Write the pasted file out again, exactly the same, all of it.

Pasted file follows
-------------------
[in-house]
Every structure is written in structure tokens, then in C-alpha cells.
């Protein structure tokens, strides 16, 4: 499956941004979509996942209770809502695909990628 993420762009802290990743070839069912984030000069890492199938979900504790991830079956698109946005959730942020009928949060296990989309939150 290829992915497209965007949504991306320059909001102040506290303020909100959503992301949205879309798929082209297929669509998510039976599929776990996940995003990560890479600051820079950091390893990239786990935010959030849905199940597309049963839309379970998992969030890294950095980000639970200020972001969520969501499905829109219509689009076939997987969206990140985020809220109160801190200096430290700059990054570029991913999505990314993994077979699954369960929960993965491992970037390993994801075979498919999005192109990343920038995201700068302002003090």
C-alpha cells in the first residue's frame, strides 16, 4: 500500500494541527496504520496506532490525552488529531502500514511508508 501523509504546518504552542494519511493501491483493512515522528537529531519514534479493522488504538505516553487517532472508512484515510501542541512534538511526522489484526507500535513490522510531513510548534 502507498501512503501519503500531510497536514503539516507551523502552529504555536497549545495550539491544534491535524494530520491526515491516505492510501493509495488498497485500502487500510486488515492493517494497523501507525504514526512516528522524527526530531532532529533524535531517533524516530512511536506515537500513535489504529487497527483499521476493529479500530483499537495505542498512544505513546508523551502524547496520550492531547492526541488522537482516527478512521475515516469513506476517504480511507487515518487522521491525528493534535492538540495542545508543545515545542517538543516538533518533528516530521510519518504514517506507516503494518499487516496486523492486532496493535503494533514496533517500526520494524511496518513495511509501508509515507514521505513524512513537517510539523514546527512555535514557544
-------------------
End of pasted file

[in-house]
Every structure is written in structure tokens, then in C-alpha cells.
């Protein structure tokens, strides 16, 4: 499956941004979509996942209770809502695909990628 993420762009802290990743070839069912984030000069890492199938979900504790991830079956698109946005959730942020009928949060296990989309939150 290829992915497209965007949504991306320059909001102040506290303020909100959503992301949205879309798929082209297929669509998510039976599929776990996940995003990560890479600051820079950091390893990239786990935010959030849905199940597309049963839309379970998992969030890294950095980000639970200020972001969520969501499905829109219509689009076939997987969206990140985020809220109160801190200096430290700059990054570029991913999505990314993994077979699954369960929960993965491992970037390993994801075979498919999005192109990343920038995201700068302002003090």
C-alpha cells in the first residue's frame, strides 16, 4: 500500500494541527496504520496506532490525552488529531502500514511508508 501523509504546518504552542494519511493501491483493512515522528537529531519514534479493522488504538505516553487517532472508512484515510501542541512534538511526522489484526507500535513490522510531513510548534 502507498501512503501519503500531510497536514503539516507551523502552529504555536497549545495550539491544534491535524494530520491526515491516505492510501493509495488498497485500502487500510486488515492493517494497523501507525504514526512516528522524527526530531532532529533524535531517533524516530512511536506515537500513535489504529487497527483499521476493529479500530483499537495505542498512544505513546508523551502524547496520550492531547492526541488522537482516527478512521475515516469513506476517504480511507487515518487522521491525528493534535492538540495542545508543545515545542517538543516538533518533528516530521510519518504514517506507516503494518499487516496486523492486532496493535503494533514496533517500526520494524511496518513495511509501508509515507514521505513524512513537517510539523514546527512555535514557544